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Volume 315 - The Golden Age of Cataclysmic Variables and Related Objects IV (GOLDEN 2017) - Cataclysmic Variables
On the nature of quiescent light curves demonstrated by WZ Sge stars
D. Kononov,* C. Lacy, V.B. Puzin, V.P. Kozhevnikov, A.Y. Sytov, A.P. Lyaptsev
*corresponding author
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Pre-published on: 2018 September 04
Published on: 2018 September 13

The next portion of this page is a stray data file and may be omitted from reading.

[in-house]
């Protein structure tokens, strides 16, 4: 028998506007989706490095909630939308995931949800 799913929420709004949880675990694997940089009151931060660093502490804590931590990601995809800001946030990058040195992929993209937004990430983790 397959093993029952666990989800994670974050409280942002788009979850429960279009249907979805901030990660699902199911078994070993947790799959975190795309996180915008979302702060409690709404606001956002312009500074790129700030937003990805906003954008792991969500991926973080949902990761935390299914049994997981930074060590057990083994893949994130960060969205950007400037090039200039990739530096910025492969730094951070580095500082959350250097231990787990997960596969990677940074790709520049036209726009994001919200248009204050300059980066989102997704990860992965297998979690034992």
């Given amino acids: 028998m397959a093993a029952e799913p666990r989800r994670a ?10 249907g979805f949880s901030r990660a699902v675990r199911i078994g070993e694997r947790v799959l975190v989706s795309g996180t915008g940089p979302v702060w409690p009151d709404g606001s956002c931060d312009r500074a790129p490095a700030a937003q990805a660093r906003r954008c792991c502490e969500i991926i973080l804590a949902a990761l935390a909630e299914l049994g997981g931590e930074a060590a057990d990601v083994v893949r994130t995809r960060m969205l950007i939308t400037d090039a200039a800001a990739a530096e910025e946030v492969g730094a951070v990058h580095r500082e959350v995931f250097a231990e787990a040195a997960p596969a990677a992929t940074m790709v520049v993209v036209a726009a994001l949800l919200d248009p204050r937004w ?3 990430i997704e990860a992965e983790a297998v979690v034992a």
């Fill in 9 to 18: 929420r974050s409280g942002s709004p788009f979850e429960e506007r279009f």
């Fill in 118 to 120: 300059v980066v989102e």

We present the results of simultaneous spectroscopic and photometric observations of the cataclysmic variable star (hereafter CVs) V455 Andromedae, belonging to the WZ Sge sub-class, in quiescence. Using the spectroscopic data we computed time-resolved Doppler tomograms of the system demonstrating its behavior at different orbital phases. In the tomograms one can see the periodic brightening of different regions within one orbital cycle. We interpret this brightening as being due to the interaction of four phase-locked shock waves in the disk with a specific internal precessing density wave that develops inside the disk, because of the tidal influence of the secondary star, and this density wave propagates up to the disk's outer regions. The shock waves, located in the outer regions of the disk, are: two arms of the tidal shock; the "hot line", a shock occurring in the region of the interaction between the stream from the $L_{1}$ point and the disk; and a bow-shock, occurring ahead of the disk due to its orbital supersonic motion in the circumbinary gas. When the outer part of the density wave in its precessional motion reaches a shock wave the local density grows, which amplifies the shock (by increasing $\rho V^{2}/2$). This results in an additional energy release in the shock and can be observed as a brightening. Analysis of the tomographic results and the photometric data shows that two main sources contribute to the light curves of the system: the radiation of the "hot line" and the bow-shock gives us two major orbital humps, located approximately at the orbital phases $\phi=0.25$ and $\phi=0.75$; the amplification of the four shock waves may give us up to four "superhumps" shifting over the light curve with the precessional period. These two effects, when overlapping, change the shape of the light curves, shift the hump maxima, and they sometimes produce more than two humps in the light curve. We should emphasize that when saying "superhumps" we imply an effect that is observed in quiescent light curves of WZ Sge stars, as opposed to ''classical'' superhumps usually observed in outbursts.
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